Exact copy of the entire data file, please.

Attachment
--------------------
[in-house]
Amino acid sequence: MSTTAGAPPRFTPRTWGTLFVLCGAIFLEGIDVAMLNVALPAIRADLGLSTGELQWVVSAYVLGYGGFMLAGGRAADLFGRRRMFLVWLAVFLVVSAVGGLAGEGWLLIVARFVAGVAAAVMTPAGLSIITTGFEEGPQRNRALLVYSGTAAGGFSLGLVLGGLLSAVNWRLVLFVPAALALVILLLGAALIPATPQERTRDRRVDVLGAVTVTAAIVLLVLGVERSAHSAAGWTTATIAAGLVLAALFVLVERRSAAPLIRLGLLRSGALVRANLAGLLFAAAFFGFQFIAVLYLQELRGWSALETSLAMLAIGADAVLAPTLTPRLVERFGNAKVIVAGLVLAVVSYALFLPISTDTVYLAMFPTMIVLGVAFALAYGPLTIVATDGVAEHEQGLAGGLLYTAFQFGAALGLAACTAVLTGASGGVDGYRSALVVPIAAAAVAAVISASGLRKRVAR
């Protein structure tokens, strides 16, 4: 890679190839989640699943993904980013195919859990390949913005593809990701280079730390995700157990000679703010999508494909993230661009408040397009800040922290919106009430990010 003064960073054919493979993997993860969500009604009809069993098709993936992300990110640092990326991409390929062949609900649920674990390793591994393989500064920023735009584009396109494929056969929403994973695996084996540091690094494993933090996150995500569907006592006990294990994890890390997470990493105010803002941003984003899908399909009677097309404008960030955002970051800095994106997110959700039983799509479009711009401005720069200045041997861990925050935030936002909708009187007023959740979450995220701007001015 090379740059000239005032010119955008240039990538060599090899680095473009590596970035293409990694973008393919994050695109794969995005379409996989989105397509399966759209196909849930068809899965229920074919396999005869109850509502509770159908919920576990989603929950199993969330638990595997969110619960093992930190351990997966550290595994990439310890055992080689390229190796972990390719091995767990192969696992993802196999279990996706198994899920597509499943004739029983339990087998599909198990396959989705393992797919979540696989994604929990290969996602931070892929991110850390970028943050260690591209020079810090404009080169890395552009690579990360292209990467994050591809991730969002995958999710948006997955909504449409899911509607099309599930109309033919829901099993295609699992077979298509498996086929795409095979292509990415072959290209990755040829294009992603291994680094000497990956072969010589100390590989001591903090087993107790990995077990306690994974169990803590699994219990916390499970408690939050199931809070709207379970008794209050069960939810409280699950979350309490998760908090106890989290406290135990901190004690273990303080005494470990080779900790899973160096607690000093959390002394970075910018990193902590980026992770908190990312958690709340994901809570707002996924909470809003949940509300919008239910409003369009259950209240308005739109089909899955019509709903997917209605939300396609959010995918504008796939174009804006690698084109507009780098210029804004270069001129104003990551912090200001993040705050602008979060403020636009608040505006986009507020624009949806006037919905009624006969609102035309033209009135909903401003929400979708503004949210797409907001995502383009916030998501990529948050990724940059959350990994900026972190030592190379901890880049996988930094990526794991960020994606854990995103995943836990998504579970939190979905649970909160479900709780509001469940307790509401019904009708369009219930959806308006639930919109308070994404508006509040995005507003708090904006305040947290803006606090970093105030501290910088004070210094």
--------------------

[in-house]
Amino acid sequence: MSTTAGAPPRFTPRTWGTLFVLCGAIFLEGIDVAMLNVALPAIRADLGLSTGELQWVVSAYVLGYGGFMLAGGRAADLFGRRRMFLVWLAVFLVVSAVGGLAGEGWLLIVARFVAGVAAAVMTPAGLSIITTGFEEGPQRNRALLVYSGTAAGGFSLGLVLGGLLSAVNWRLVLFVPAALALVILLLGAALIPATPQERTRDRRVDVLGAVTVTAAIVLLVLGVERSAHSAAGWTTATIAAGLVLAALFVLVERRSAAPLIRLGLLRSGALVRANLAGLLFAAAFFGFQFIAVLYLQELRGWSALETSLAMLAIGADAVLAPTLTPRLVERFGNAKVIVAGLVLAVVSYALFLPISTDTVYLAMFPTMIVLGVAFALAYGPLTIVATDGVAEHEQGLAGGLLYTAFQFGAALGLAACTAVLTGASGGVDGYRSALVVPIAAAAVAAVISASGLRKRVAR
């Protein structure tokens, strides 16, 4: 890679190839989640699943993904980013195919859990390949913005593809990701280079730390995700157990000679703010999508494909993230661009408040397009800040922290919106009430990010 003064960073054919493979993997993860969500009604009809069993098709993936992300990110640092990326991409390929062949609900649920674990390793591994393989500064920023735009584009396109494929056969929403994973695996084996540091690094494993933090996150995500569907006592006990294990994890890390997470990493105010803002941003984003899908399909009677097309404008960030955002970051800095994106997110959700039983799509479009711009401005720069200045041997861990925050935030936002909708009187007023959740979450995220701007001015 090379740059000239005032010119955008240039990538060599090899680095473009590596970035293409990694973008393919994050695109794969995005379409996989989105397509399966759209196909849930068809899965229920074919396999005869109850509502509770159908919920576990989603929950199993969330638990595997969110619960093992930190351990997966550290595994990439310890055992080689390229190796972990390719091995767990192969696992993802196999279990996706198994899920597509499943004739029983339990087998599909198990396959989705393992797919979540696989994604929990290969996602931070892929991110850390970028943050260690591209020079810090404009080169890395552009690579990360292209990467994050591809991730969002995958999710948006997955909504449409899911509607099309599930109309033919829901099993295609699992077979298509498996086929795409095979292509990415072959290209990755040829294009992603291994680094000497990956072969010589100390590989001591903090087993107790990995077990306690994974169990803590699994219990916390499970408690939050199931809070709207379970008794209050069960939810409280699950979350309490998760908090106890989290406290135990901190004690273990303080005494470990080779900790899973160096607690000093959390002394970075910018990193902590980026992770908190990312958690709340994901809570707002996924909470809003949940509300919008239910409003369009259950209240308005739109089909899955019509709903997917209605939300396609959010995918504008796939174009804006690698084109507009780098210029804004270069001129104003990551912090200001993040705050602008979060403020636009608040505006986009507020624009949806006037919905009624006969609102035309033209009135909903401003929400979708503004949210797409907001995502383009916030998501990529948050990724940059959350990994900026972190030592190379901890880049996988930094990526794991960020994606854990995103995943836990998504579970939190979905649970909160479900709780509001469940307790509401019904009708369009219930959806308006639930919109308070994404508006509040995005507003708090904006305040947290803006606090970093105030501290910088004070210094």